Hurricane Ida churned toward the U.S. Gulf coast on Saturday, forecast to gather strength in coming hours and prompting evacuations of flood-prone New Orleans neighborhoods and oil rigs in the Gulf of Mexico.
Forecasters said it could make U.S. landfall as a dangerous Category 4 storm on the five-step Saffir-Simpson scale, generating winds nearing 140 miles per hour (225 kph), heavy downpours and a tidal surge that could plunge much of the Louisiana shoreline under several feet of water.
Ida battered Cuba on Friday and by early Saturday it was carrying top winds of around 80 mph (129 kph) as it headed northwest, the National Hurricane Center said. The NHC expected the storm to intensify rapidly before coming ashore by late Sunday.
Flooding from Ida’s storm surge – high water driven by the hurricane’s winds – could reach between 10 and 15 feet (3 to 4.5 metres) around the mouth of the Mississippi River, with lower levels extending east along the adjacent coastlines of Mississippi and Alabama, the NHC said.
Scattered tornadoes, widespread power outages and inland flooding from torrential rain across the region were also expected.
Louisiana Governor John Bel Edwards, whose state is already reeling from a public health crisis stemming from a fourth wave of the COVID-19 pandemic, urged residents to ready themselves for the hurricane immediately.
“Now is the time to finish your preparations,” he told a Friday afternoon news conference. “By nightfall tomorrow night, you need to be where you intend to ride out the storm.”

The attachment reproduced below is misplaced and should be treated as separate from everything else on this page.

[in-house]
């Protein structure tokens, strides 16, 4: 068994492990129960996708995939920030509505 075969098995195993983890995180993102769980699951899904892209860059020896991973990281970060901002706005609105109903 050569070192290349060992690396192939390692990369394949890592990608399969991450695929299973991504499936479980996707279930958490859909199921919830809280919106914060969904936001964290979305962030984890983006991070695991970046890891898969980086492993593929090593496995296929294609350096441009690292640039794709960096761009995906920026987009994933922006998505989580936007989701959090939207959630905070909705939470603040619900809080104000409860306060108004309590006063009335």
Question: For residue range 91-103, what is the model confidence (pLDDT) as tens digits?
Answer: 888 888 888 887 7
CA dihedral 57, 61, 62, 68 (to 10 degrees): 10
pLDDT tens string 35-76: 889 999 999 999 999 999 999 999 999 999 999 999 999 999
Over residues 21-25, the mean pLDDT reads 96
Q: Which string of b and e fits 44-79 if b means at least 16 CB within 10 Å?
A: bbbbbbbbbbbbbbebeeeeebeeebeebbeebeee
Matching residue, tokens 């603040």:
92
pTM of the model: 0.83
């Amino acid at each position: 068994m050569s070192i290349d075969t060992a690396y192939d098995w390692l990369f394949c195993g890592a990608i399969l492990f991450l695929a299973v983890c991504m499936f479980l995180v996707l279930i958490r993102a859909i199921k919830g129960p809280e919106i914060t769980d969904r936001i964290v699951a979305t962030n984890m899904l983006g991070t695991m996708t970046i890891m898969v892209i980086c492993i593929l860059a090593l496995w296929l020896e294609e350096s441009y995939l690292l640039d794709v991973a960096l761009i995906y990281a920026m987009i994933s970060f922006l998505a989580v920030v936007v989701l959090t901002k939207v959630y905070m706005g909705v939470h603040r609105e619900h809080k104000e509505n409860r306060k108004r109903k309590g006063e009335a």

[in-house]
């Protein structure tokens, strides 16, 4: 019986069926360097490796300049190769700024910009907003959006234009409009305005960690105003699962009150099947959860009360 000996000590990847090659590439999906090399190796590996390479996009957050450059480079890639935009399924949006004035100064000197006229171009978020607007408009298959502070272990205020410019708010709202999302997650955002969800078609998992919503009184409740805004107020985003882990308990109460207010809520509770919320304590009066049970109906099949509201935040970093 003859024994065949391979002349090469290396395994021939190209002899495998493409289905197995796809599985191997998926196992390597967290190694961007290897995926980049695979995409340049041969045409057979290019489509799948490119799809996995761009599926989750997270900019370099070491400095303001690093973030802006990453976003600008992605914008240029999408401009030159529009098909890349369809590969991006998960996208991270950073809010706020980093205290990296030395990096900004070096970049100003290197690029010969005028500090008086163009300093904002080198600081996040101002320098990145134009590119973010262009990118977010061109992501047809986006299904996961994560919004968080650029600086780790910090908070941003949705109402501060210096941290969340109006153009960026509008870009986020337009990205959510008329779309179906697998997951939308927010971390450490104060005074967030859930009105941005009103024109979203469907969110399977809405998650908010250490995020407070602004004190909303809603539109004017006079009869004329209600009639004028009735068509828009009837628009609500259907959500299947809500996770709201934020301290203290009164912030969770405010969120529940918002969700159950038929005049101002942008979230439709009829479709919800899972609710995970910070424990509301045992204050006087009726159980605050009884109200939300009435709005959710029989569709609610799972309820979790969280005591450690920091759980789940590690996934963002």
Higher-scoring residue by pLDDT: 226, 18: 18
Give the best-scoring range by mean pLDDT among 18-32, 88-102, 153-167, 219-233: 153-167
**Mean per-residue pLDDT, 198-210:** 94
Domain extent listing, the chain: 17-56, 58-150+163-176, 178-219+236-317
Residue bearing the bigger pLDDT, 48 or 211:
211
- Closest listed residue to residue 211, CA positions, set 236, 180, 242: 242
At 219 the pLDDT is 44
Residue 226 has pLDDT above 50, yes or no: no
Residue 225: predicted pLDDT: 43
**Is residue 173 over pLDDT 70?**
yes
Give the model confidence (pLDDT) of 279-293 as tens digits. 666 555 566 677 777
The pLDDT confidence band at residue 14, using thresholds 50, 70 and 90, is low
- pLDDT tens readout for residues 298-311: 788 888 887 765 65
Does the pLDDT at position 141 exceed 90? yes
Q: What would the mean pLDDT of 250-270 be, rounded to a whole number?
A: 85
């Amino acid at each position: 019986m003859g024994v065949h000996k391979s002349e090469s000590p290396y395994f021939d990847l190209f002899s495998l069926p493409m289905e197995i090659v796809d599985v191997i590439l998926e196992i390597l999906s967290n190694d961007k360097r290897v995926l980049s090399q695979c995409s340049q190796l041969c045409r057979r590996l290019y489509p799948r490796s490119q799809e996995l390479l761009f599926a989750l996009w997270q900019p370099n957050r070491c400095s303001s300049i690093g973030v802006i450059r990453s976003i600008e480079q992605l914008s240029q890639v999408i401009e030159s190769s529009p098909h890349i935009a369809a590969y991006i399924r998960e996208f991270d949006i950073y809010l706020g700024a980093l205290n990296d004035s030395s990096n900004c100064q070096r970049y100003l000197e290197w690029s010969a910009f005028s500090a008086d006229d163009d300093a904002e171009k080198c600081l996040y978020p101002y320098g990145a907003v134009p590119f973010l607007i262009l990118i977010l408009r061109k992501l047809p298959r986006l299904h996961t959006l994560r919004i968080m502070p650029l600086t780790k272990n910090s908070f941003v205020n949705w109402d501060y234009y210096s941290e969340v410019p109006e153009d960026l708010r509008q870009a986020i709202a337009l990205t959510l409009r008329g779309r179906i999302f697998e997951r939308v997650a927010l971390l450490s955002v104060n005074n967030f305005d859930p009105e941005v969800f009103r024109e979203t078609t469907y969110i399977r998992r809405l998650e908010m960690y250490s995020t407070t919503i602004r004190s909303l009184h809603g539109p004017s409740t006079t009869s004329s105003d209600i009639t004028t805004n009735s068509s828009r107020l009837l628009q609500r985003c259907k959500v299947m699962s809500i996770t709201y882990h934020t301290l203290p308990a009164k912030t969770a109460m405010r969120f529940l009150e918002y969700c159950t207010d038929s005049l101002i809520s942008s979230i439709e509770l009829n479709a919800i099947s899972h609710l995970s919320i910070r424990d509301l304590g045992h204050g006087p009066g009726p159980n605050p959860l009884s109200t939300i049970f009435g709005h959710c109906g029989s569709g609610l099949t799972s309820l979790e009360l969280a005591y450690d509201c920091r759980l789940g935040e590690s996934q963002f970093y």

New Orleans officials ordered residents to evacuate communities outside the city’s levee system, and posted voluntary evacuation notices for the rest of the parish.
Baton Rouge Mayor Sharon Weston Broome signed an emergency disaster declaration and said the city had pre-positioned sand and sandbags at eight strategic locations as part of storm preparations.
Lifelong Gulf resident Hailey DeLaune, 29, told Reuters she and her fiance spent Friday evening boarding up the windows of his house in Gulfport, Mississippi, and gathering provisions to ride out the storm.
“Hurricanes have always been part of my life,” said the high school theology teacher, who was born during 1992’s Category 5 Hurricane Andrew. “You just run through your list and hope for the best.”
Edwards declared a state of emergency on Thursday, and on Friday U.S. President Joe Biden issued a pre-landfall federal emergency declaration at Edwards’ request. It authorized the U.S. Department of Homeland Security and the Federal Emergency Management Agency to coordinate disaster relief efforts in the state.
Edwards also said he had authorized activation of all 5,000 troops in the Louisiana National Guard for emergency deployments as needed.
U.S. energy companies racing to complete evacuations of offshore platforms in the Gulf ahead of the storm had reduced petroleum production by nearly 60% and gas output by almost half, federal regulators said.
CARIBBEAN TAKES FIRST HIT
On Friday, Ida smashed into Cuba’s small Isle of Youth, off the southwestern end of the Caribbean island nation, toppling trees and tearing roofs from dwellings.
Jamaica was flooded by heavy rains, and there were landslides after the passage of the storm. Many roads were impassable, forcing some residents to abandon their homes.
Ida, the ninth named storm and fourth hurricane of the 2021 Atlantic hurricane season, may well exceed the strength of Hurricane Laura, the last Category 4 storm to strike Louisiana, by the time it makes landfall, forecasters said.
The region was devastated in August 2005 by Hurricane Katrina, which killed more than 1,800 people.